The notion that vivisectors are going to let the public see what they do to animals is ridiculous. No one who has read, even passingly, the history of the industry’s understandable reticence at letting the public see the things they do to animals will believe that the vivisectors have had a change of heart. So the headline alone teeters toward frank nonsense; and given its placement and claims, I think it fair to call it fake news because the editors and Mr. Grimm must know it isn’t true. If they know it isn’t true, they are passing on propaganda dressed up to look like truth. This violates the public’s trust and is part of the academy’s long seedy pattern of ethical deficit.
Below, I have annotated the pod cast Mr. Grimm participated in and inserted some links. To the journal’s credit, the host seems to express some doubt that the proposed PR gambit will shift the tide in the labs’ favor.
Increasing transparency in animal research to sway public opinion, and a reaching a plateau in human mortality By Sarah Crespi, David Grimm, Jennifer Golbeck Jun. 28, 2018 , 2:00 PM
~1:13. Sarah Crespi: Welcome to the Science pod cast for June 29, 2018. I’m Sarah Crespi. In this week’s show David Grimm has the story on sharing more on how and why animals are used in labs in an attempt to counter animal activists and win back the public.
~1:55: First up we have David Grimm; he’s here with a story, a new story, on animal research. Hi Dave.
David Grimm: Hey Sarah.
Sarah: Here in the U.S, public opinion about animal studies appears to be on the move. A poll last year recorded a substantial change since 2001. Back then 65% of adults found animal studies morally acceptable. As of 2017, only 51% feel that way. And this changing attitude appears to be having an effect on policies, like what Dave?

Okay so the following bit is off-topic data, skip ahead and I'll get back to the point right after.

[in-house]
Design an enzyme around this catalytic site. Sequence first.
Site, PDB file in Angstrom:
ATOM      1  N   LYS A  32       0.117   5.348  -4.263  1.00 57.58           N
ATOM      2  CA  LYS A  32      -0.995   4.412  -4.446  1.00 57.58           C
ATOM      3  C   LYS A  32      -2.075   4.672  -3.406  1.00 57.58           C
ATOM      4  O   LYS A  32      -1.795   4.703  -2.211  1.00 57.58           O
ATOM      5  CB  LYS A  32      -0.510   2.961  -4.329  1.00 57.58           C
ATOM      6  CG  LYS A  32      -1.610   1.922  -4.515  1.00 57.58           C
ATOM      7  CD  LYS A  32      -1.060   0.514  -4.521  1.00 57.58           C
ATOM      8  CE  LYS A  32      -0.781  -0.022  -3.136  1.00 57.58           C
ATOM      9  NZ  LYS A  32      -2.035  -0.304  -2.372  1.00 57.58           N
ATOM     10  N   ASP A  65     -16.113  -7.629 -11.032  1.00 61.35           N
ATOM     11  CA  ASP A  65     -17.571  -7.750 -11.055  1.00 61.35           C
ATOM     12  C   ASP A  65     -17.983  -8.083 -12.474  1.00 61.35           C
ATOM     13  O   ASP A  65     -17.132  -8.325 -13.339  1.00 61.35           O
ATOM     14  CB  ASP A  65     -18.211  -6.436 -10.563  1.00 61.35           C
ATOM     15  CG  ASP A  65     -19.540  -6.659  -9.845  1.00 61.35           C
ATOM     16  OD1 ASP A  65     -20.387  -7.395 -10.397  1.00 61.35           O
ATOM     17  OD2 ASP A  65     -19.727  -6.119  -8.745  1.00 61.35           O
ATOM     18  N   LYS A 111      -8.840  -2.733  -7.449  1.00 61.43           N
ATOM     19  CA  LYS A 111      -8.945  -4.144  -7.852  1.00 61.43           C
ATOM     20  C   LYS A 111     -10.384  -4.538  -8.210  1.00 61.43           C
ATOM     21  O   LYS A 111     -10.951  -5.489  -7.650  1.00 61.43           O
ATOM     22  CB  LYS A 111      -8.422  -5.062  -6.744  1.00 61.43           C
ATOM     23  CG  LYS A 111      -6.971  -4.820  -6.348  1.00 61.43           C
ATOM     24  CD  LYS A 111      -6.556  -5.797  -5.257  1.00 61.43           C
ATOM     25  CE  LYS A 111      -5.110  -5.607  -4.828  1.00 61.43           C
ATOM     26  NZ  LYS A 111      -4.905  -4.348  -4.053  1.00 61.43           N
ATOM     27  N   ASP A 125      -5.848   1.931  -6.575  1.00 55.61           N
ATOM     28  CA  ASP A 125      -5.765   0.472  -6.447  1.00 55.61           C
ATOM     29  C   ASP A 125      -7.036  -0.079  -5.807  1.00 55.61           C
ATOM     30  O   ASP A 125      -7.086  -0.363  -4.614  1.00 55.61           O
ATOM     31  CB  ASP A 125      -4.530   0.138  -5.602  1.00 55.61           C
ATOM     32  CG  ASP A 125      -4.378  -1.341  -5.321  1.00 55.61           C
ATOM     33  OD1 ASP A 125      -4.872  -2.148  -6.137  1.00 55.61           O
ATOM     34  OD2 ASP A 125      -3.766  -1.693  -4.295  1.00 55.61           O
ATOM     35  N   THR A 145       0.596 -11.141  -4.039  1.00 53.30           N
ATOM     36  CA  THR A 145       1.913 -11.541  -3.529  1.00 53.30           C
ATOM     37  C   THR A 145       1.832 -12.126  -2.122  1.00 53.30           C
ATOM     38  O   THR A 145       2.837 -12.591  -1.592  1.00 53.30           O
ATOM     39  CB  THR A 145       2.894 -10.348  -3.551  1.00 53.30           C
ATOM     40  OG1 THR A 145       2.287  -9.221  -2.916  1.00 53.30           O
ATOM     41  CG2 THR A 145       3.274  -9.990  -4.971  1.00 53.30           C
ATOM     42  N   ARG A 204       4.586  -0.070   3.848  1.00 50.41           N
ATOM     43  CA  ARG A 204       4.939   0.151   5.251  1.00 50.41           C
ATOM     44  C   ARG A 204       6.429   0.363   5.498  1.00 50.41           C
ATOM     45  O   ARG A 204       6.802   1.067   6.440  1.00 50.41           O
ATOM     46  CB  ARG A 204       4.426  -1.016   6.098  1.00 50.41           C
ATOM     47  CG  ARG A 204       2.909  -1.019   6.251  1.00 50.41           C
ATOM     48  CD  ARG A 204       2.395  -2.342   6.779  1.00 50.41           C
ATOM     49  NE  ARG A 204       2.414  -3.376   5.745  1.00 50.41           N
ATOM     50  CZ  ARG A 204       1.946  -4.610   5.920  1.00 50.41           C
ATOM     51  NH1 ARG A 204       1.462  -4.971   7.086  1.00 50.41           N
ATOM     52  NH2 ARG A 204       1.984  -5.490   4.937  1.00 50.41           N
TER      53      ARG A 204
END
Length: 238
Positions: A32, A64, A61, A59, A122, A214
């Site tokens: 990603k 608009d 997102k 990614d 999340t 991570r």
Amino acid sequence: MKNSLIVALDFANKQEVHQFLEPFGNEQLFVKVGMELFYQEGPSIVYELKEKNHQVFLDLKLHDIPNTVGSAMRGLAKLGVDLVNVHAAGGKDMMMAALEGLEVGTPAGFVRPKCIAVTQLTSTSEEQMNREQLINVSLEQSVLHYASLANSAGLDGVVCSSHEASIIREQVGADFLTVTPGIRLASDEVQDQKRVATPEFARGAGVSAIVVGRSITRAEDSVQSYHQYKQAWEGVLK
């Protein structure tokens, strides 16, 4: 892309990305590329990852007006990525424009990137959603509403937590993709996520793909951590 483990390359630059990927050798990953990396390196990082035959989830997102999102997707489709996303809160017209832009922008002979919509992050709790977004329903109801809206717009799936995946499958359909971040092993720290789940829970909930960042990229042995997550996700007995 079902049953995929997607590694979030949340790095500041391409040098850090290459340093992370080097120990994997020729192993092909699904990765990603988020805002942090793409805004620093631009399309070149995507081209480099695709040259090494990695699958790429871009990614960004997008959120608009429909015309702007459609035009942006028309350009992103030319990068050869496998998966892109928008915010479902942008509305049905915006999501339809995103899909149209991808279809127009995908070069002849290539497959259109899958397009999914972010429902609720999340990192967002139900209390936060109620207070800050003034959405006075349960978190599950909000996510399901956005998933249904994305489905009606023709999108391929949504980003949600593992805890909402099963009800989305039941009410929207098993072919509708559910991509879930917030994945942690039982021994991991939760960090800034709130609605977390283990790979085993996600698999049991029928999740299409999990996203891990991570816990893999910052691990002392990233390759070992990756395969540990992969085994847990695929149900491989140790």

Dave: Well Sarah, there are a couple of new animal advocacy organizations on the scene. When people think of animal rights or animal advocacy organizations, often they tend to think of Peta, People for the Ethical Treatment of Animals or the Humane Society of the United States.
One of these new outfits is called the White Coat Waste Project which just came into being a few years ago. It’s shtick is basically trying to capture conservative voters and politicians as well as liberals. Not only do they talk about torture inside laboratories, but they also talk about animal research being a waste of taxpayer money.
[I think it telling, in a Freudian way, that Mr. Grimm characterizes the efforts of an organization dedicated to ending taxpayer support of serious harm to animals as their shtick, a term he is unlikely to affix to the claims of the vivisectors.]
Dave: There’s also a group called the Rescue and Freedom Project. And their goal is basically to also get animals out of labs; they’ve been advocating for laws at the state level around the country too, what are called “beagle freedom bills” to force researchers to adopt out their lab animals, typically cats and dogs, at the end of research studies. They’ve had success in eight states so far, two in just the last six months. And the White Coat Waste Project has helped shut down a nicotine study on monkeys at the FDA and also a bunch of canine research at the USDA system.
[I think he meant the VA system.]
Dave: And all of these efforts have been really opposed by the scientific community [Sarah: Um-hum.] at the state and federal level. And yet, these animal advocacy groups keep on winning.
Sarah: Right. And so there is this change in public opinion and there’s some concern that, you know, as it gets below 50%, which is what is projected, a lot of laws are going to come into effect and that’s going to have a serious, that’s going to cause serious problems for researchers.